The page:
So, when Jane inherited some stock after her mother’s passing, she what she wanted to do.

“I have always felt that this gift is there to be given away. And so, with the support of my husband, and through the ongoing donation of stock, we have the joy of impacting the lives of the children of this world.”

Carol Rees and John Foley

“There isn’t a better use of abundance than sharing it.”

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Carol Rees started sponsoring at the early age of 24. As she explains, she was working in Los Angeles as a stuntwoman and, she says with a laugh, “possibly I wanted to be sure I left a positive impact on the world in case a stunt didn’t end up going the way we planned!” Carol went on to spend 25 years as a freelance producer in fashion advertising and continued sponsoring children. She says, “I really enjoy when they make it all the way through the program and age-out. It makes me feel like Plan and I together were able to give this child, living in conditions that most of us can’t really understand, the best chance at a happy and prosperous future.”

In 2007 Carol decided to create an Endowed Sponsorship to ensure that her sponsorship would continue beyond her own lifetime.  At that point in her life she felt she was financially able to invest more into her passion for helping children.  She recalls thinking, “What could be a better use of my money than giving the opportunity for a better life to a child? I mean really—there isn’t a better use of abundance than sharing it.”

When Carol married John Foley, a former lead solo pilot with the Navy’s Blue Angels who is now an inspirational speaker for corporate audiences, he joined in her charitable efforts. With no children of their own, Carol and John feel it’s important to be involved in helping children in need.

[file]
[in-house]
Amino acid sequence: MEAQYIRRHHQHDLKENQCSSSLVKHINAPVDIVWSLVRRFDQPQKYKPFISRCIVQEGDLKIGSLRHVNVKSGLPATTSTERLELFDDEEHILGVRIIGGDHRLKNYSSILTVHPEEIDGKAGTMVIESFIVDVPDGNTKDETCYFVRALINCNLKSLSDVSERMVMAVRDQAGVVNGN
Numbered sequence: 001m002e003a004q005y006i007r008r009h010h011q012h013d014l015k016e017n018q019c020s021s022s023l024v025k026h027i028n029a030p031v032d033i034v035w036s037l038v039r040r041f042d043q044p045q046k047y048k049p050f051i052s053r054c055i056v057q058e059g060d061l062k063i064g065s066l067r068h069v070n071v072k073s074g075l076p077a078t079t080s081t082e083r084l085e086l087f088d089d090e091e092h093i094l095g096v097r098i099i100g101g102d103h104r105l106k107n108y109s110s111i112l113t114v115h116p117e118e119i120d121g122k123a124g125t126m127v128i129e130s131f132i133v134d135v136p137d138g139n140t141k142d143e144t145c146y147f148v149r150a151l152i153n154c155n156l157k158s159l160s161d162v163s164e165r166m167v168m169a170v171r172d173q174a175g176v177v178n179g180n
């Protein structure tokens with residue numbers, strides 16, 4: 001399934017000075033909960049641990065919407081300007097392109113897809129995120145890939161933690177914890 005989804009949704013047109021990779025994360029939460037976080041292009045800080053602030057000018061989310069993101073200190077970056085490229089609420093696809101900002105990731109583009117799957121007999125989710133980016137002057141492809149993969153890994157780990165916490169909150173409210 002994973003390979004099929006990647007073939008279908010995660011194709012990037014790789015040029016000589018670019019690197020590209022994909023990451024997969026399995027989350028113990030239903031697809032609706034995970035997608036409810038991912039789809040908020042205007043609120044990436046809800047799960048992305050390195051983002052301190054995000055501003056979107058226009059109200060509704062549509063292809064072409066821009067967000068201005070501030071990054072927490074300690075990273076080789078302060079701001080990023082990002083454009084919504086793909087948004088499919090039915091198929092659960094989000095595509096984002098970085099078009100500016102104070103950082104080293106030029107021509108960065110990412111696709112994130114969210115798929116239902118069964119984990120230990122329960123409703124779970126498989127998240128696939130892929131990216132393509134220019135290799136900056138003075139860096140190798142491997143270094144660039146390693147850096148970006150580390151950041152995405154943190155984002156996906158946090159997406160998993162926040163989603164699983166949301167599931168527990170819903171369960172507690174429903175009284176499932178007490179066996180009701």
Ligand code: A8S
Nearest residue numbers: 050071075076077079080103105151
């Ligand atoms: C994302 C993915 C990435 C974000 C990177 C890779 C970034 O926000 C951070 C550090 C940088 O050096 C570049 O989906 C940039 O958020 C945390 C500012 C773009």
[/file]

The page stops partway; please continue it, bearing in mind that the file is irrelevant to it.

In 2016 Carol and John committed to sponsoring a child in every country where Plan has a program—47 sponsorships! As Carol explains: “We believe in the power of education to lift children, families, and communities out of the cycle of poverty. . . But no one can study without first being fed, clothed, and have a roof over their heads. We like that Plan works to cover all of these bases. The impact we can make on a child’s life will, we believe, have an enormous ripple, like a pebble dropped into a pool, whereby their improved health and education will have a positive impact on every person they come into contact with throughout their life.” For Carol and John, “That’s what we call a return on investment!”

“The impact we can make on a child’s life will, we believe, have an enormous ripple, like a pebble dropped into a pool, whereby their improved health and education will have a positive impact on every person they come into contact with throughout their life.”

CAROL REES AND JOHN FOLEY

Helen Mendel

“A way to keep doing something good.”

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Helen Mendel and her late husband John have been Plan sponsors for well over 50 years. So the decision to create three endowed sponsorships was an easy one. As Helen explained, “It’s a way to keep doing something good even after I’m gone.”

Helen recalls first learning of Plan’s work from another couple who encouraged her and John to sponsor a child. Their experience with that first child, a boy from Italy, led to sponsorships in countries all over the world, including El Salvador, Guatemala, Vietnam, Kuala Lampur, and three children from the same family in Bolivia. One of the things Helen has enjoyed most about being a sponsor is the chance to correspond with each child. A lifelong musician herself, she remembers that one child was also very interested in music and they could talk about that; another was obviously very bright and wrote to her in what she recalls as very good English. She has already arranged with her daughter to continue corresponding with children receiving the endowed sponsorships when she is no longer able to do so.